Upon all who seek to conserve and preserve the earth’s bounty
Lord, have mercy
Upon all who seek to preserve or restore this world’s beauty,
Lord, have mercy
Upon all those who suffer through pollution and destruction of creation,
Christ, have mercy
Upon all whose land has been spoiled by drought or flood or war
Christ, have mercy
Upon all farmers, market gardeners, foresters and all who work the land,
Lord, have mercy
Upon ranchers, shepherds, zoo keepers and all who work with animals
Lord, have mercy
Upon conservationists, landscape gardeners and all who care for the environment
Lord, have mercy

Almighty God, Creator of all life,
The work of your hands reflects your great love and compassion,
May we share with justice the rich resources of your world,
And ensure that none of your creation will be spoiled or misused.
Unite us through your covenant of peace
So that we may share your generous
And work to ensure that no one will hunger or face oppression,

The blessings of God almighty, the Father, the Son and the Holy Spirit, be among us and remain with us always
Amen

Parrots

Does God Cause Evil?

Over the last couple of days we have been devastated yet again by the horrors of violence as we heard about the shooting at Virginia Tech University. The rhythm of violent death is one that cuts across all our lives like a bolt of lightning. The shockwaves reverberate through our society raising important questions for all of us. As I listened to the reports and the responses to this horrible event I was taken back to our sermon on Sunday in which the question “Does God Cause Evil?” was raised. I do not believe God causes evil but I do believe that the goodness of God and the love of God can shine through every evil event that occurs in our world. Often we equate pain with evil and flee from any situation, thought or emotion that is traumatic. Yet pain is a very necessary part of our lives. It protects us from injury when we hit ourselves and from burning when we get too close to the fire.

As I contemplate this horrible event I cannot get away from the fact that Jesus was recognized by his scars and his suffering. We serve a scarred and crucified God whose very pain has brought us salvation. Without God’s suffering, without God’s scars we could not be made whole. Part of the message of Easter (and we are still in the Easter season) is that through Christ the worst experiences can be transformed into the best of God’s presence.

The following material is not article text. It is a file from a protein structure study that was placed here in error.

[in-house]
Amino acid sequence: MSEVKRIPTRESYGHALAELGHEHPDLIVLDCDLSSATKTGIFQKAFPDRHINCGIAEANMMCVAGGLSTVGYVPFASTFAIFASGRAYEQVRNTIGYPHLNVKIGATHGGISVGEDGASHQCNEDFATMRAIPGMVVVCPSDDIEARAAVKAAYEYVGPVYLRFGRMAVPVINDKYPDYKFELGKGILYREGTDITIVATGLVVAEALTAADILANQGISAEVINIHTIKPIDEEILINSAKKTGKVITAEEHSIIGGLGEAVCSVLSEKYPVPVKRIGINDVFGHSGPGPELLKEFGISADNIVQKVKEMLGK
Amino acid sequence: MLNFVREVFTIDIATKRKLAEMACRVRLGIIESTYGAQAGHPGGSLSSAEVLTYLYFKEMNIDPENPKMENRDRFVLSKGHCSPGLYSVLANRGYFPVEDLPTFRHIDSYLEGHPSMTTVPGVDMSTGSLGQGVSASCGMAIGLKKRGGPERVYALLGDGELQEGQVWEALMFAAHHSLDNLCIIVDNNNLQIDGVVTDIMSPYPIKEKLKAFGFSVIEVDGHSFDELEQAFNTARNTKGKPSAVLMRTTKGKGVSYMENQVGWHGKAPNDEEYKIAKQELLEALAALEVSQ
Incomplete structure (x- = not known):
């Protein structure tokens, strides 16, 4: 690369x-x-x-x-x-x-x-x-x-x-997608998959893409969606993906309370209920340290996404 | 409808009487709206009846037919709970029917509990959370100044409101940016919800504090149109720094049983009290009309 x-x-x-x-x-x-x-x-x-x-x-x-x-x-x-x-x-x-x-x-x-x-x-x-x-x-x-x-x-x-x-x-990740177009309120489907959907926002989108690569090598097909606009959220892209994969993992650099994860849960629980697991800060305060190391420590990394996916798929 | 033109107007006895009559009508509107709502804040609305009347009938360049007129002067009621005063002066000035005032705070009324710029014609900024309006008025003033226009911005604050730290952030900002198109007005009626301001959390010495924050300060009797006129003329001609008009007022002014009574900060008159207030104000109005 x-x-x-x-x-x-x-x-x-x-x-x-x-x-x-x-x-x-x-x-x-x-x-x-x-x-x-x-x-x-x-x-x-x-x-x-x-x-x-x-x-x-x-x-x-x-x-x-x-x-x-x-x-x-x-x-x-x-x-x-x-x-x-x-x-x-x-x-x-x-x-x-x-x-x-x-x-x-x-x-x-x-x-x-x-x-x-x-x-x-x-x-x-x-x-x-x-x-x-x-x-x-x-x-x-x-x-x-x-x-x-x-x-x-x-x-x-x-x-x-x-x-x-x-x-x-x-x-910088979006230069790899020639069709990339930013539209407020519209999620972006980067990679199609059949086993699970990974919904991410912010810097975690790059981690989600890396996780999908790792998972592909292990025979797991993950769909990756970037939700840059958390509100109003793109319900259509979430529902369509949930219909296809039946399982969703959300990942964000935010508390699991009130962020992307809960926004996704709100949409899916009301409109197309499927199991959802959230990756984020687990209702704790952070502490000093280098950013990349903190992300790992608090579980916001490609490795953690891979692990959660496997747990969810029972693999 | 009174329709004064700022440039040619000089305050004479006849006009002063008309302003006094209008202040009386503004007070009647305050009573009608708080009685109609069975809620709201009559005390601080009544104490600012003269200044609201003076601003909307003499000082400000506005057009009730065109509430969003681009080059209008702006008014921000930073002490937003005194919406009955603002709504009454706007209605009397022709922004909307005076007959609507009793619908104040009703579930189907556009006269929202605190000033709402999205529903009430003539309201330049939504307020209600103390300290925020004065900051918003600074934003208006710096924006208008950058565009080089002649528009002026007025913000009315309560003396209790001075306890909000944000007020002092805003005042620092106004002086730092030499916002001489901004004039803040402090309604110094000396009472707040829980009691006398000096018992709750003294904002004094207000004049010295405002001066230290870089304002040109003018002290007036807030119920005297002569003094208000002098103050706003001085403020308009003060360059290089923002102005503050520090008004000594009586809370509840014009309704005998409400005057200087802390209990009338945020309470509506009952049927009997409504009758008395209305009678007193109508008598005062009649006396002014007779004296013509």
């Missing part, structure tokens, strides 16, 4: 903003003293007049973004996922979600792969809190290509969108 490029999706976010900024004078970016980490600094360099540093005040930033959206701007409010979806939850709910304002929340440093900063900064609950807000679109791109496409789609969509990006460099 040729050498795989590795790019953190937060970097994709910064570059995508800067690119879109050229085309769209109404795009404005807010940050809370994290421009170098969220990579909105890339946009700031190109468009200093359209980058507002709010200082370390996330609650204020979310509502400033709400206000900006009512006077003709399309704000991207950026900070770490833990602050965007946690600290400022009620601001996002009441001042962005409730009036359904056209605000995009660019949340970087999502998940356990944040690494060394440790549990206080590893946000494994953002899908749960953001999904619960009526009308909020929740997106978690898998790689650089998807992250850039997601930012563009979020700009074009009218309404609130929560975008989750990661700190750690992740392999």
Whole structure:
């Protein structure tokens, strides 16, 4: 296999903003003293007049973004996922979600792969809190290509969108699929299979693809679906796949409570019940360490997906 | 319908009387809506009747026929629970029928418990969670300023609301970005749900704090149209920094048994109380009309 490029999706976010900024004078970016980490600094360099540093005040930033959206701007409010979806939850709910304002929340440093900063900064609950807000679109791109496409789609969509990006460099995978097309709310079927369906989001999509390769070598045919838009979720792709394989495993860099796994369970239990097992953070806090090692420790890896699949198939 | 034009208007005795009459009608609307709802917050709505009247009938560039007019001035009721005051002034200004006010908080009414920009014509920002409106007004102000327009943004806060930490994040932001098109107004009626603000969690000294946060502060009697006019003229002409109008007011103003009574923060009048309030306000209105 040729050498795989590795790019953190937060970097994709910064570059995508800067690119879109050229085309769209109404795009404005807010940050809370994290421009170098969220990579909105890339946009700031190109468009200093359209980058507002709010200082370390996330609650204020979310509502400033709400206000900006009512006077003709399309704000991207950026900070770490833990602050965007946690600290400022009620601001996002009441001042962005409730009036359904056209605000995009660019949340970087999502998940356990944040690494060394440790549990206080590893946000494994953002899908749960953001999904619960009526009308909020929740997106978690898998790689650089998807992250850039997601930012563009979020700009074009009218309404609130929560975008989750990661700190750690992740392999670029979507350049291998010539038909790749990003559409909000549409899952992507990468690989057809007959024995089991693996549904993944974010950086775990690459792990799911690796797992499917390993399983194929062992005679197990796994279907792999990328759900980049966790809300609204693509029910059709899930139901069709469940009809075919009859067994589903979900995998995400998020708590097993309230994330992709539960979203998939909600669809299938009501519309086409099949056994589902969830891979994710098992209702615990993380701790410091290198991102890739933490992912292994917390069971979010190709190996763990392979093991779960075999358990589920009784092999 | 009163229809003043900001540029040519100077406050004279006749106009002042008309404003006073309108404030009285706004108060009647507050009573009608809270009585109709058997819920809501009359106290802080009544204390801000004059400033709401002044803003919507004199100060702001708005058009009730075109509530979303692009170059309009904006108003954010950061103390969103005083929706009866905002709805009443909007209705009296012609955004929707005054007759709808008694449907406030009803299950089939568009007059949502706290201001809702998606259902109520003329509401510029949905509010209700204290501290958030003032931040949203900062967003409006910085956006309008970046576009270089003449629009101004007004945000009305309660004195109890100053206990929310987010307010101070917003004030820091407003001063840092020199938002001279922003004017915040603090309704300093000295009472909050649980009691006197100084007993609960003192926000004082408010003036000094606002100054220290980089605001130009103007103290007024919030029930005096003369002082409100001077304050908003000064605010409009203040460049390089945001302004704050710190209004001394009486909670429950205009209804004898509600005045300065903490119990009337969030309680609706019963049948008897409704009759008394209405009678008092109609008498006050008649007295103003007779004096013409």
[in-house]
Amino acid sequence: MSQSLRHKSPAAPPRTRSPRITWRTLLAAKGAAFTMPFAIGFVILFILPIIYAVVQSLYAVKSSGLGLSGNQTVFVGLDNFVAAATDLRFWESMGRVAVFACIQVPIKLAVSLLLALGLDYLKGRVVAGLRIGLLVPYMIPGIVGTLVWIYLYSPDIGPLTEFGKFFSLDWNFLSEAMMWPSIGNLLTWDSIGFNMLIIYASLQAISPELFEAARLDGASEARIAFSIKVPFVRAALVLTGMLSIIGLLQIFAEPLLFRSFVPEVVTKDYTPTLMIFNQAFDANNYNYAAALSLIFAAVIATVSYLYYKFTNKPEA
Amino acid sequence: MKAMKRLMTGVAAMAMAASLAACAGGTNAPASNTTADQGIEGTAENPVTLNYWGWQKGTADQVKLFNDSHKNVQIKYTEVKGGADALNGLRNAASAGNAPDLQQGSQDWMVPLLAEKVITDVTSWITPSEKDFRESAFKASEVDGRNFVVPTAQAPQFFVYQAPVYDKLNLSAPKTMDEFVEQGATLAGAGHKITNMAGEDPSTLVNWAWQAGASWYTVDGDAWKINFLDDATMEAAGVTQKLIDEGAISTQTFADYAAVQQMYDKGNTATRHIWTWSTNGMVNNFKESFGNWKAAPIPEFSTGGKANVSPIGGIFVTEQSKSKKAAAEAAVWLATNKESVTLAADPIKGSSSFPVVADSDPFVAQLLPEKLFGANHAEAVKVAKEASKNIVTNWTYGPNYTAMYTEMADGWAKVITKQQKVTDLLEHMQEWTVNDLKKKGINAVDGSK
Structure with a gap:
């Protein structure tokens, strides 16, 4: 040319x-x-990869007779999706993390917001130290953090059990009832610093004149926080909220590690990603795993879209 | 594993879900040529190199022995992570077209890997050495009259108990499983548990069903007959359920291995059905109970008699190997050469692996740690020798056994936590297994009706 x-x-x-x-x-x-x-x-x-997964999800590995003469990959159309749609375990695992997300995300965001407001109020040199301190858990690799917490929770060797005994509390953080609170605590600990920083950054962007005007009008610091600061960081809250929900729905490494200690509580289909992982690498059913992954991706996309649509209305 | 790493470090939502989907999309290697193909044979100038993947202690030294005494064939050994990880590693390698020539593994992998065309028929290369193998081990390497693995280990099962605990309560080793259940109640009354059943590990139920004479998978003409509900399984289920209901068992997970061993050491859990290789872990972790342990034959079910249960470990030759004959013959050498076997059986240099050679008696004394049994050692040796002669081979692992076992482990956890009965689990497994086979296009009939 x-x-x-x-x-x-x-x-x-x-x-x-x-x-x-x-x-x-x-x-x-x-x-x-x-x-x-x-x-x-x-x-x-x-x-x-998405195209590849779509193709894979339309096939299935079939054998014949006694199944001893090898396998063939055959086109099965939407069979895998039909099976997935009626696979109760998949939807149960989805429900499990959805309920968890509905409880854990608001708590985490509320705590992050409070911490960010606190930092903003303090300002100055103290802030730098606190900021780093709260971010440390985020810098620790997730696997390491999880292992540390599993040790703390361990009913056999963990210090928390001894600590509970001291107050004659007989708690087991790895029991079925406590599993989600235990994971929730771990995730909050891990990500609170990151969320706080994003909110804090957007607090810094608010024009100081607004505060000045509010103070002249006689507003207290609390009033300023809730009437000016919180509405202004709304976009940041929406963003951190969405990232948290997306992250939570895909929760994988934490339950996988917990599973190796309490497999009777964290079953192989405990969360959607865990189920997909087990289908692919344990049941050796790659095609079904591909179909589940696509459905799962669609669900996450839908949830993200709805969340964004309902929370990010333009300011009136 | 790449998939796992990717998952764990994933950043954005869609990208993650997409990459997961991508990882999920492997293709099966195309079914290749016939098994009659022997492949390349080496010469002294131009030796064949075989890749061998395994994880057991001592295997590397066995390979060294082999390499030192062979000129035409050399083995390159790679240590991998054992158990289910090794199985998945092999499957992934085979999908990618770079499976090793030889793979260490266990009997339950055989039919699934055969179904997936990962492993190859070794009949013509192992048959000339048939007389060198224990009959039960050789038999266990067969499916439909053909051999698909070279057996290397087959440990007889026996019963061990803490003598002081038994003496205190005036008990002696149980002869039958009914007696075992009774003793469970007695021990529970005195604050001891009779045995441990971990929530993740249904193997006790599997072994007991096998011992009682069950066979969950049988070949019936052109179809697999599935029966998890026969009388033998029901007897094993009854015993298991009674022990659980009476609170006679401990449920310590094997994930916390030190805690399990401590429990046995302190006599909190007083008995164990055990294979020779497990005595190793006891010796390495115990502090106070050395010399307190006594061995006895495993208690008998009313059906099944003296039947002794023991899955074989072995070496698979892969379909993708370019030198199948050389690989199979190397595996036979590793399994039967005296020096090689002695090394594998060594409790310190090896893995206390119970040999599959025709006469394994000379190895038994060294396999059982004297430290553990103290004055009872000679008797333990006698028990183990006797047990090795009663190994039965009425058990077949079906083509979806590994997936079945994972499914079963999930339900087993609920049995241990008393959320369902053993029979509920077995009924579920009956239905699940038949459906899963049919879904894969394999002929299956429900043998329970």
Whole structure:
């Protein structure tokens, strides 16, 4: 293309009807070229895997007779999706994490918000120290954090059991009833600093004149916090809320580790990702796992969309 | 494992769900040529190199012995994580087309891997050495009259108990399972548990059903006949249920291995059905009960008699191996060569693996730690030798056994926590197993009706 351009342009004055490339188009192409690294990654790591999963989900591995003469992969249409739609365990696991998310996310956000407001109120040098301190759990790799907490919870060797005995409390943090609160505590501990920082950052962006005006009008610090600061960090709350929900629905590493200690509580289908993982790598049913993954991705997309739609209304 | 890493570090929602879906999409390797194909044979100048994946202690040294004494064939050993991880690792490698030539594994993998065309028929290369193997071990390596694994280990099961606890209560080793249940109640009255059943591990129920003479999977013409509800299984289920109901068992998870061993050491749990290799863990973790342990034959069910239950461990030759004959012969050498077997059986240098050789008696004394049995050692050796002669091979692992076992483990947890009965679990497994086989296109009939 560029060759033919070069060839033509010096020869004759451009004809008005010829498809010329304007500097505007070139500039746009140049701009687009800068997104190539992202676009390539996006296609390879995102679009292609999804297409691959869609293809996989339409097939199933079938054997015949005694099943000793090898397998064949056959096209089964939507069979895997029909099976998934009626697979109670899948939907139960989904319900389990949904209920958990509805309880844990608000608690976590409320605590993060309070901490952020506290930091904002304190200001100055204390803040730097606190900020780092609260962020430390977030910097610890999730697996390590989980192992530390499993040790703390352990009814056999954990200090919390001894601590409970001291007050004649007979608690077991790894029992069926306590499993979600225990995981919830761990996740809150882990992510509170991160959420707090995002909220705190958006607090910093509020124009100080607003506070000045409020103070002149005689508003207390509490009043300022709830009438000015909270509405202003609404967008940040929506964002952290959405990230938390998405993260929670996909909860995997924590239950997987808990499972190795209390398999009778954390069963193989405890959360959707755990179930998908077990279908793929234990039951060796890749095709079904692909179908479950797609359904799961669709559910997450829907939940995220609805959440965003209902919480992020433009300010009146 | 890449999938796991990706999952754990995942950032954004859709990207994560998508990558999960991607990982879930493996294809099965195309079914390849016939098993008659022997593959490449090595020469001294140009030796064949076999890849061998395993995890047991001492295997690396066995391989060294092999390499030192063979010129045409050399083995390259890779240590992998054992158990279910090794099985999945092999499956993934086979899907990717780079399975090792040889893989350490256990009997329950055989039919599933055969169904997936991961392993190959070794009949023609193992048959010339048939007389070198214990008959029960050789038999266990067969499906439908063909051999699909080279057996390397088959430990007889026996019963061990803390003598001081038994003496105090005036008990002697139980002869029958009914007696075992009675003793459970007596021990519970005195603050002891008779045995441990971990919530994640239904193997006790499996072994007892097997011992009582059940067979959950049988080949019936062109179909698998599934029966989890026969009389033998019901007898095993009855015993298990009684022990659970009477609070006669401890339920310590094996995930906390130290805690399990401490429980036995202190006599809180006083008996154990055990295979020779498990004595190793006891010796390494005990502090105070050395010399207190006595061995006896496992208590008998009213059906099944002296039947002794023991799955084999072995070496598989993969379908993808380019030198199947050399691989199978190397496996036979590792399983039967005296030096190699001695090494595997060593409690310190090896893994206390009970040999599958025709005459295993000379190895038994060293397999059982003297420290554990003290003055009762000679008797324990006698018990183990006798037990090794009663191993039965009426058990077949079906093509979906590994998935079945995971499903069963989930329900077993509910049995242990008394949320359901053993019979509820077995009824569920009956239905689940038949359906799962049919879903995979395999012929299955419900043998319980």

As I think about this my thoughts go back to the shooting of Amish schoolgirls in Pennsylvannia last October. The Amish community forgave the killer and reached out to the widow to offer her comfort and solace. Incredible and only possible because of the love of God that resides so powerfully in their community.

We all have the choice to respond to the brutalities of our world with despair, anger and bitterness or with hope, love and compassion. If we respond in anger and bitterness the violence and atrocities only seem to grow and multiply. If we respond in love and with compassion God’s presence is able to shine through and transform the horrors into hope. This does not belittle the horror of atrocities such as this but it does make us aware that our God, who is scarred and disfigured by all our sins, our God who suffers with us in the midst of pain, will one day make all things new.

As Christians we look forward to the advent of a new heaven and a new earth in which all suffering and pain and death will be done away with. At the centre of our faith is the hope that through Christ all that is distorted by evil can be transformed into the goodness and glory of God.

Several years ago I came across this poem by Michael Leunig It seems very appropriate for today.

There are only two feelings
Love and fear
There are only two languages
Love and fear
There are only two activities
Love and fear
There are only two motives, two procedures, two frameworks, two results
Love and fear, love and fear

In meditating on this prayer I wrote the following reflections which are based on 1 John 4:18 “There is no fear in love because perfect love casts out fear.”
Fear is of this world, love is from God
Fear closes us in, love opens us up
Fear builds walls, love constructs bridges
With fear nothing is possible, with love all things are possible
Fear destroys, love creates
Fear kills, love gives life

God may we live by the love that flows from your spirit, the love that casts out fear and evil. May we reach out with care and compassion to all those who are hurting and in need. May we drive out the world’s fear with your perfect love. AMen

An Orgy of Reading

Over the last few days I have feasted on books.  Reading a lot is not unusual for me , in fact it has been part of the rhythm of my life since I was about 5 years old.  I have always loved books and for me to read 5-10 books a week is quite normal.